The MRC wants stamp duty and other rules changed to allow financial institutions and individuals to buy houses in (say 50-50) partnership. The individual ("managing partner") would have the right to live in the house and make alterations etc to it for as long as they wished.

They would have an incentive to maintain the house well, because when they did decide to sell they would get to keep a certain proportion of the proceeds (say 50 per cent, or maybe 45 per cent).

Although the institution has no say in when the house is sold, in aggregate the resale rate will be predictable and will provide regular income, without the fund needing to lift a finger to manager the property.

Australia has led the way in financially innovative solutions before. We invented HECS, we invented the Child Support Agency ideas now copied elsewhere. This idea has the same sort of potential.

At least that's what the Prime Minister thinks. On Life Matters I said he is acting like a man who has little time, and wants to achieve something worthwhile before he goes. Curiously Ross Gittins arrived at the same conclusion (about little time) at about the same time.

Also inquirning over summer is the Dawson review of the Trade Practices Act which was due to report at the end of November but has had its deadline extended until the end of January. Allan Fels looks set to get much of what he wants.

And the HIH Royal Commission which has to report by the end of February. Its terms of reference do not include and have been interpreted not to include the political donations made by HIH and FAI. A pity. Because they may be part of the explanation for what happened.

And there's the hard-to-come-to-grips-with Prime Minister's review of the corporate governance of Commonwealth statutory authorities. John Uhrig ex of Westpac and CRA has been given until June to report on the management of organisations including the Australian Taxation Office, Australian Competition and Consumer Commission, Australian Prudential Regulation Authority, Reserve Bank of Australia, Australian Securities and Investments Commission, Health Insurance Commission and Centrelink.

What's it all about? The PM promised it during the election. He gives the impression it is about bringing the organisations which bug business under tighter control of Government Ministers. Which is probably exactly the wrong thing to do. As the Palmer Report into the collapse of HIH makes clear. If the relevant Minister (the then Treasurer John Howard) hadn't intervened to issue an insurance licence to FAI over the head of the Insurance and Superannuation Commission in late 1970's the HIH collapse may not have happened. The right answer is probably less Ministerial control over Allan Fels, Graeme Samuel and the lot of them. It must be said though that there was a failure of corporate governance at APRA. It was under funded and as the Palmer Report makes clear, its board members had a hands-off approach to their job.

I discuss here what appears to be a general laxity in these organisations when it comes to investigating complaints.

My fear is that the people to whom the Prime Minister promised the inquiry want more laxity not less.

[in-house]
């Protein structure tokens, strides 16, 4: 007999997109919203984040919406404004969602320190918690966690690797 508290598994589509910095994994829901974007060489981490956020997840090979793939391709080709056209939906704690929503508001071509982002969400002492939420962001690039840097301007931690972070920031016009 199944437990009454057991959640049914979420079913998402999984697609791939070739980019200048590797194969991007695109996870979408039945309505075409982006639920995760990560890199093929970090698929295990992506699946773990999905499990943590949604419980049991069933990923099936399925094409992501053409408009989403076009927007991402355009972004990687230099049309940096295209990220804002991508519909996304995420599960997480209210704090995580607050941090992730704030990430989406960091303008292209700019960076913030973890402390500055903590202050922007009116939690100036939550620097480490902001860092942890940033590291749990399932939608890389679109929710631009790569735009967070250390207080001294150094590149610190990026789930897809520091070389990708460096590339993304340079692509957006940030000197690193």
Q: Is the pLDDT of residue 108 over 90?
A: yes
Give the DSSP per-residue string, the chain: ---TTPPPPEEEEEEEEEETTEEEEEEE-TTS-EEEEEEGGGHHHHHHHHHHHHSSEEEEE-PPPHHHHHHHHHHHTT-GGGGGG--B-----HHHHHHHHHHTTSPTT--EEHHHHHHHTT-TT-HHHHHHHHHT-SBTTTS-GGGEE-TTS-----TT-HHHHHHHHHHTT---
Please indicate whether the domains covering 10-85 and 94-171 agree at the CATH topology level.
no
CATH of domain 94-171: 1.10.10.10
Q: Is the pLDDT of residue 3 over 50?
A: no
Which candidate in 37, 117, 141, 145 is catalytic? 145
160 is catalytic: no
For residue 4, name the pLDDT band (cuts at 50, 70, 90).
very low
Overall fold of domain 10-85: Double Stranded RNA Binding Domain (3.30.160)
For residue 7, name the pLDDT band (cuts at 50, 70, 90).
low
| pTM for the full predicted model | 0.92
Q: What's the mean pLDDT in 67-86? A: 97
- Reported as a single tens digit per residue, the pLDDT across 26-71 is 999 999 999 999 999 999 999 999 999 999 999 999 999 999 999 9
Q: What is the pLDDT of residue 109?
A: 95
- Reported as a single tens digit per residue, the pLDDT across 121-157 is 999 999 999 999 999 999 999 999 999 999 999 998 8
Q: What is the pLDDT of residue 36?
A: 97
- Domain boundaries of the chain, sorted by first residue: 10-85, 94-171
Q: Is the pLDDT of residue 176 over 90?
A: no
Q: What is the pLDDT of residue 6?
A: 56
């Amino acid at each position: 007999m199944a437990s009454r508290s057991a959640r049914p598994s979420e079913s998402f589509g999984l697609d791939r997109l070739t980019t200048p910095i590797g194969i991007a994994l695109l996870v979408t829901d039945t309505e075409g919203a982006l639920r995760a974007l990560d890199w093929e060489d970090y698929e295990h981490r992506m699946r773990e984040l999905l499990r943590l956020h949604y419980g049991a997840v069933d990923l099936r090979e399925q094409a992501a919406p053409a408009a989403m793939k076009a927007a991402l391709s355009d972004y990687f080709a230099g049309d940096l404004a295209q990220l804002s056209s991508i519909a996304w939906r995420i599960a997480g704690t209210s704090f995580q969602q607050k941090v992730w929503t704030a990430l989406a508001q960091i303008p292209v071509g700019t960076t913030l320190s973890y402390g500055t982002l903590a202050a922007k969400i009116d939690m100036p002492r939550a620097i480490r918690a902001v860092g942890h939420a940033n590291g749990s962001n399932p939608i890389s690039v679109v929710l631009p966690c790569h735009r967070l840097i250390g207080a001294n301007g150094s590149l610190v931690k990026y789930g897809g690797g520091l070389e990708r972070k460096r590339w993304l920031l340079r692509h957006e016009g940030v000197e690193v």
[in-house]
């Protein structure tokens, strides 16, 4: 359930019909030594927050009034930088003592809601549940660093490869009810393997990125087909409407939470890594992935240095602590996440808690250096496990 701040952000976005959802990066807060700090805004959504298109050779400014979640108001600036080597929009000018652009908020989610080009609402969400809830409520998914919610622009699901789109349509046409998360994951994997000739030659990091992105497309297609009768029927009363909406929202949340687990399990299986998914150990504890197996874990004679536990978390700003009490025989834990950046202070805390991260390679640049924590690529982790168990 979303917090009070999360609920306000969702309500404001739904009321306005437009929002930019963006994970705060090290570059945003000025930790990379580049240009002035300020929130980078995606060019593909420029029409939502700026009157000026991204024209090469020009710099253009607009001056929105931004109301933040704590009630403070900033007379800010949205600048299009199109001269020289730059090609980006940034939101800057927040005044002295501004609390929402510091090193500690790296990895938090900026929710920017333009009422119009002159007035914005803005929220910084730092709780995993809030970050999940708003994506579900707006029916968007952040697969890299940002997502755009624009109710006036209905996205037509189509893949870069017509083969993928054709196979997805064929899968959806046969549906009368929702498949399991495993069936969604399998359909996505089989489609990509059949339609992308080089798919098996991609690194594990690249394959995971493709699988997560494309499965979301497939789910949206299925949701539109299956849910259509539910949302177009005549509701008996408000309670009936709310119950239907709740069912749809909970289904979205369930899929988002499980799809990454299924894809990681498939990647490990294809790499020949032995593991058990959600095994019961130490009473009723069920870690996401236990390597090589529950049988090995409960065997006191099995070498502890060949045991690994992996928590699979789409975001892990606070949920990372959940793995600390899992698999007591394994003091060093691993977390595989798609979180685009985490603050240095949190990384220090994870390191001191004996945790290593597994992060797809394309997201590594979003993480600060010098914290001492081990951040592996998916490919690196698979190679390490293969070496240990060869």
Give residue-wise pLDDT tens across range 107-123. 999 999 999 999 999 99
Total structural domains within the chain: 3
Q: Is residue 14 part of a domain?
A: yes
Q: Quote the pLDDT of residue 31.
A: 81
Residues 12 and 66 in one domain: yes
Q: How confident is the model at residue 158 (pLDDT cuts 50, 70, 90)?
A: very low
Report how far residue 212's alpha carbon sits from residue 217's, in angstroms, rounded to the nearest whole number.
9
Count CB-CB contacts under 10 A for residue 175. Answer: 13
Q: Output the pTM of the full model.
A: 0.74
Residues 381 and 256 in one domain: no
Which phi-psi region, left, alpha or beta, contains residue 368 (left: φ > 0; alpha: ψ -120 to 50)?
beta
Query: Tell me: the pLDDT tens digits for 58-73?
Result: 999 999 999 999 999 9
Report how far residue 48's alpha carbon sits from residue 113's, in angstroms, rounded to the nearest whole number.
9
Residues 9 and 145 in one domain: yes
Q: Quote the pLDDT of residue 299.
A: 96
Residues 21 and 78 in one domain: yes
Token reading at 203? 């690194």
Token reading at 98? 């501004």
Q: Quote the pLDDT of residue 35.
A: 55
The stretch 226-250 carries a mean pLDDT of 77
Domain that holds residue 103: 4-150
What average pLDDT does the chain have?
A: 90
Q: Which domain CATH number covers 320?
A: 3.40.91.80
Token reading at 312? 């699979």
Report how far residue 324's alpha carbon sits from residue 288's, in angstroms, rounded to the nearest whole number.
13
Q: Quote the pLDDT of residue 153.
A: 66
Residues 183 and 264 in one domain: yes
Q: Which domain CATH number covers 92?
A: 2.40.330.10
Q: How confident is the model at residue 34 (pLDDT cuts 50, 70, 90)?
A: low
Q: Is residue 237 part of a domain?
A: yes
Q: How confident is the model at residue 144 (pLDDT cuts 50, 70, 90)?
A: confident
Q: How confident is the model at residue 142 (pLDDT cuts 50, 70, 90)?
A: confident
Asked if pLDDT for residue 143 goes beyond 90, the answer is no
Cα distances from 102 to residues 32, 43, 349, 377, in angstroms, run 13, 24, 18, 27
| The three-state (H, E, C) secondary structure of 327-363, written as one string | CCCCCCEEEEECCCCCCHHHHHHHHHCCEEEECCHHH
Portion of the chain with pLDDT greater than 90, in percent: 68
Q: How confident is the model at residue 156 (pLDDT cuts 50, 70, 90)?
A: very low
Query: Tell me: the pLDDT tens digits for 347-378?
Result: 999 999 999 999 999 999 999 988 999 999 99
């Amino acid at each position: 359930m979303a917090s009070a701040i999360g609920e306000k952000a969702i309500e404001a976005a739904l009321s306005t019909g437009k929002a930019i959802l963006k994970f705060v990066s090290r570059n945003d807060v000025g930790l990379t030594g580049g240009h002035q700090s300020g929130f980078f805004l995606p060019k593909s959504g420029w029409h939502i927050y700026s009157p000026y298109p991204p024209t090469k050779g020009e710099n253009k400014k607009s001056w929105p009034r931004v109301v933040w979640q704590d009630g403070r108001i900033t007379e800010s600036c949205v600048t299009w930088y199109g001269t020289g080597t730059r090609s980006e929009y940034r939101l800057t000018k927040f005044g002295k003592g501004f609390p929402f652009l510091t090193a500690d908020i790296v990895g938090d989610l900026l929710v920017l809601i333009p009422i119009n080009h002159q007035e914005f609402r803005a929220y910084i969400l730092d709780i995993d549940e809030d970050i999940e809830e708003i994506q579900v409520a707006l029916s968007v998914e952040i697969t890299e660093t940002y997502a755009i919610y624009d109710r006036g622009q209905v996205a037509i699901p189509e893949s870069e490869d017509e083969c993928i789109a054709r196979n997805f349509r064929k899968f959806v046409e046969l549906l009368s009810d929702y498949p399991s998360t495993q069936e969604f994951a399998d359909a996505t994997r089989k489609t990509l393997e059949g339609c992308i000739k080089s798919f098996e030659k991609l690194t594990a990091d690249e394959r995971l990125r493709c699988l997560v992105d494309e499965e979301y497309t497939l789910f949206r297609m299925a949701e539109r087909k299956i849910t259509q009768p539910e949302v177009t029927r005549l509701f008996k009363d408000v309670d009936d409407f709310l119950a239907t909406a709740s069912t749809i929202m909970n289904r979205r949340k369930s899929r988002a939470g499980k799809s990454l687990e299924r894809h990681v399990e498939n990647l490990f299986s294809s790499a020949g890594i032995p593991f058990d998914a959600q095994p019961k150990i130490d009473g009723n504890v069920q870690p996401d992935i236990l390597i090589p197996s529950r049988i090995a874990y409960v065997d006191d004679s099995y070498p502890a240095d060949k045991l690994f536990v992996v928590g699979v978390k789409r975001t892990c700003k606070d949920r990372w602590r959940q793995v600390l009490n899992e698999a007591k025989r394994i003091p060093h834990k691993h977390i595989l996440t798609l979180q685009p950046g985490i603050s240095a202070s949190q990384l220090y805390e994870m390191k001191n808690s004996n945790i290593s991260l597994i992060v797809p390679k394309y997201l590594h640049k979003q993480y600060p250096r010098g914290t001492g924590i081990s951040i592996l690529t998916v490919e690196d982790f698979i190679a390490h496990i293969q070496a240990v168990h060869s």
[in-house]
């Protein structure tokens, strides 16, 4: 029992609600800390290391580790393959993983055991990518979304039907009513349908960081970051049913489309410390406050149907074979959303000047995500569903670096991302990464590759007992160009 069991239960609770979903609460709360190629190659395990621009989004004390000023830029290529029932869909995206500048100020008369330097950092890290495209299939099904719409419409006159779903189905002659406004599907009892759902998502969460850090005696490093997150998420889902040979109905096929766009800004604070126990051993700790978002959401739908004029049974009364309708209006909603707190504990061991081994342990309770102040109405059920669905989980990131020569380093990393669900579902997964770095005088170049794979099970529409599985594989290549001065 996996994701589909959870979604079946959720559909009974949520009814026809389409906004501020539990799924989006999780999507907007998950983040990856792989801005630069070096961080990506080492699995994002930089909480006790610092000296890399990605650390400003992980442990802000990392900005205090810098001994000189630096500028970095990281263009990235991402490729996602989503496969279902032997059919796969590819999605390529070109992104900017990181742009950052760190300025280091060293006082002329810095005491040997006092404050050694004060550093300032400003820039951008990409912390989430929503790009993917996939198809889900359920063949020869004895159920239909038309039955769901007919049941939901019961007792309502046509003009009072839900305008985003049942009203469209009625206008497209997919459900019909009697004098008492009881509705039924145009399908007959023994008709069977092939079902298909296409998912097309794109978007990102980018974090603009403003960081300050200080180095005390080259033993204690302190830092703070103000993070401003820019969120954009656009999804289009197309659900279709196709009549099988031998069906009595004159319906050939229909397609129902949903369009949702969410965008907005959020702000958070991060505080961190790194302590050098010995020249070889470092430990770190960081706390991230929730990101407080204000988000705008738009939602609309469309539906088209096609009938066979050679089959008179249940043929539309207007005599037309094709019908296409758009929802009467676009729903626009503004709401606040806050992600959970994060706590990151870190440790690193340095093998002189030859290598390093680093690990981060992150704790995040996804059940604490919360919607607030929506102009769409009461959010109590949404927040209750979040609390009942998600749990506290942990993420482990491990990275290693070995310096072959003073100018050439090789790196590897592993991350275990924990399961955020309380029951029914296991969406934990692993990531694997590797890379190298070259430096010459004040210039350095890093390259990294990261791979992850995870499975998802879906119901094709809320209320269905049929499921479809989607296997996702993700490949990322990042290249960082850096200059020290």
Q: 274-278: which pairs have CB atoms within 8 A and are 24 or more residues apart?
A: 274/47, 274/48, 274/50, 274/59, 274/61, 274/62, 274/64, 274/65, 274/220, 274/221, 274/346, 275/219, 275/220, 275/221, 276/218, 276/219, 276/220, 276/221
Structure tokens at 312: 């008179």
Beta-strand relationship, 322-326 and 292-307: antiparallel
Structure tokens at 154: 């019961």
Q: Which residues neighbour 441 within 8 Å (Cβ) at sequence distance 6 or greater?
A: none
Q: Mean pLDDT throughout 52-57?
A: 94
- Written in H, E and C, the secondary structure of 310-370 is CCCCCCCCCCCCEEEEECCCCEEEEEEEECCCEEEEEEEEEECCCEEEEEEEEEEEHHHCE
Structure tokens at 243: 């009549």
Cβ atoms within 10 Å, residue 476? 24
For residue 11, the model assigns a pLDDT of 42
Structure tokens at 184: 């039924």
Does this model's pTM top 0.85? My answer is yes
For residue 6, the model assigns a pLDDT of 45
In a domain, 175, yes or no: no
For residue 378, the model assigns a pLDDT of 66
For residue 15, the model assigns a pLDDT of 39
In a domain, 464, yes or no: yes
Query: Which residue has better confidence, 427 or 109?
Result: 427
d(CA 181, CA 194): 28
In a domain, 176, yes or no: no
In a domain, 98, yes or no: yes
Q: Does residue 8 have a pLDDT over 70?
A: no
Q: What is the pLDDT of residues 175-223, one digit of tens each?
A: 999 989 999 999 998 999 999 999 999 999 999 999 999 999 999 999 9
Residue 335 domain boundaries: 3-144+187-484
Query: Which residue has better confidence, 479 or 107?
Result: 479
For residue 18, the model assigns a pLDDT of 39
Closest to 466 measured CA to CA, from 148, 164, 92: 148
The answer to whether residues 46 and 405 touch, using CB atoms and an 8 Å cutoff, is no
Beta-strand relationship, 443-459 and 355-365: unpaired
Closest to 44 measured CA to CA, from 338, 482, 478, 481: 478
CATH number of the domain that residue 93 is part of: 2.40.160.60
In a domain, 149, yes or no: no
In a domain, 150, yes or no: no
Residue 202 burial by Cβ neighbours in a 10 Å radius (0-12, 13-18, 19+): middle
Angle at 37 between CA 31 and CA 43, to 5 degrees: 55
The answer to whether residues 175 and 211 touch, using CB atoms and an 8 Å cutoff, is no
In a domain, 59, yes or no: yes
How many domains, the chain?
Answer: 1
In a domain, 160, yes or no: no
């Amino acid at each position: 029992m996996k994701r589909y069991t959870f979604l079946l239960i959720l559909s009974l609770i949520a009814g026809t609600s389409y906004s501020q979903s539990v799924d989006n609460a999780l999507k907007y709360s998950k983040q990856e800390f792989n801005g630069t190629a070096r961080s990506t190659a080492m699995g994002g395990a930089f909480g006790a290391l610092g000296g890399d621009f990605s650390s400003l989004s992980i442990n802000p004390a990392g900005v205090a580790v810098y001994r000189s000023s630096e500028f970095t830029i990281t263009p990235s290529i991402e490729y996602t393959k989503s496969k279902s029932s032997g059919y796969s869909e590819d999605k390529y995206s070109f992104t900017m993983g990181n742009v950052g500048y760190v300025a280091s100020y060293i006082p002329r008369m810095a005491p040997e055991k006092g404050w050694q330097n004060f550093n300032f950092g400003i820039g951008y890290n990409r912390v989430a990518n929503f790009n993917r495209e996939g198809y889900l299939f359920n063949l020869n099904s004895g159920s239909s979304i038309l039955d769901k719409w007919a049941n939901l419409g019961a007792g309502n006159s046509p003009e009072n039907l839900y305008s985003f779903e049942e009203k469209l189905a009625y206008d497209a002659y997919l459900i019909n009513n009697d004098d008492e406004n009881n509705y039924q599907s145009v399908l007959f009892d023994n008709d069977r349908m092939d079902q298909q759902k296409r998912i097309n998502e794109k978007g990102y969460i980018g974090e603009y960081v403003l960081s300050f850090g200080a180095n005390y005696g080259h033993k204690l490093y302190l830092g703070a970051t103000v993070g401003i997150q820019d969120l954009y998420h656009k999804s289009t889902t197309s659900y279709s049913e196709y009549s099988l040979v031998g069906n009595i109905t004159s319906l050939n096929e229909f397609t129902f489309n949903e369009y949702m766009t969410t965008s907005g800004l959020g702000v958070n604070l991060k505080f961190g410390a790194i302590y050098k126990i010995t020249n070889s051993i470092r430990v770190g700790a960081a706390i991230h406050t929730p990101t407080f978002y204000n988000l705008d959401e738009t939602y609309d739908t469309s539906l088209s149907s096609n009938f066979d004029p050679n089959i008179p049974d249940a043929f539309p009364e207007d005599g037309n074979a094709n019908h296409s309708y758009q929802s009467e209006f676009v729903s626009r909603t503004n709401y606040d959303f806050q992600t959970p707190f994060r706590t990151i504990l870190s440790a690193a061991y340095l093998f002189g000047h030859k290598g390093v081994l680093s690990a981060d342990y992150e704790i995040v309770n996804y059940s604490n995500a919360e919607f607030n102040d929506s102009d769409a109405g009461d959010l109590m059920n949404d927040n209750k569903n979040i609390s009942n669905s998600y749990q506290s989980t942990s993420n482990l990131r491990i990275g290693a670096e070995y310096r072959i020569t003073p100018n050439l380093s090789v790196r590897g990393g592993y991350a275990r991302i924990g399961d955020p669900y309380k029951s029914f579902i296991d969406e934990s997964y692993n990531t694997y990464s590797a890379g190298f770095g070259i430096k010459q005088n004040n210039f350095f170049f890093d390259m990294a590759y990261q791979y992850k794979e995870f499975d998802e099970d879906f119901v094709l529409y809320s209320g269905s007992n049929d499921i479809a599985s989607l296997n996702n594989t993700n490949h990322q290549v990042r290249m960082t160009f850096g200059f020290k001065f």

Update/ Correction

A closer reading of Ross Gittins talk shows that he didn't suggest Howard was to resign in the year ahead. He canvassed the possibility in great detail before concluding that Howard wouldn't do it.

Monday, December 02, 2002

The physics of peer pressure

Bracks. Listens. Acts. Econophysists have a cynical view of elections. They say that's the way the evidence falls. I explained on Life Matters this morning that according to econophysists Jozef Sznajd and Katarzyna Sznajd-Weron from the Polish Academy of Sciences and also Dietrich Stauffer from Cologne University a 'signature' in the pattern of voting at elections matches that found in the alignment of metal filings. The metal filings get that pattern through the simple decision-making rule of each aligning itself in the same direction as most of its nearest neighbours. In other words, the filings decide their alignment based purely on the alignment of the filings they happen to rub up against. They don't decide based on the strength of an argument.

There are circumstances in which the strength of an argument does matter for magnetically-charged particles. It is when they are in solution, and they cluster around 'seed particles'. The most convincing particles build up the biggest clusters. But the 'signature' pattern of the distribution of alignments that results is completely different to that that we see in the results of human elections.

Peer pressure appears to matter when we decide to vote. Considering the issues does not.

Bruce Schechter, the author of the New Scientist article concludes that "there's only one way to be sure that our future elections are not determined by the opinions of our neighbours. We need to abolish the right to free speech: it's undermining democracy."

Perhaps he is right. Perhaps we need secret and silent deliberation of the issues, in the same way as we need a secret ballot.

Then again, perhaps our decisions about how to vote at elections are no different from any of our other decisions. (Whether to buy Levi's jeans etc.. etc.) Most of the "decisions" we make may in reality be no more than simple responses to simple stimuli. Our minds may invent a rationale after the event to make us feel that we are in control.

Inventing explanations might be the hardest work that our conscious mind does. A bit like a section of the bureaucracy that devotes most of its effort to proving that it actually has work to do.

Just a thought... or perhaps a simple response to stimuli, or perhaps an explanation for a simple response to stimuli.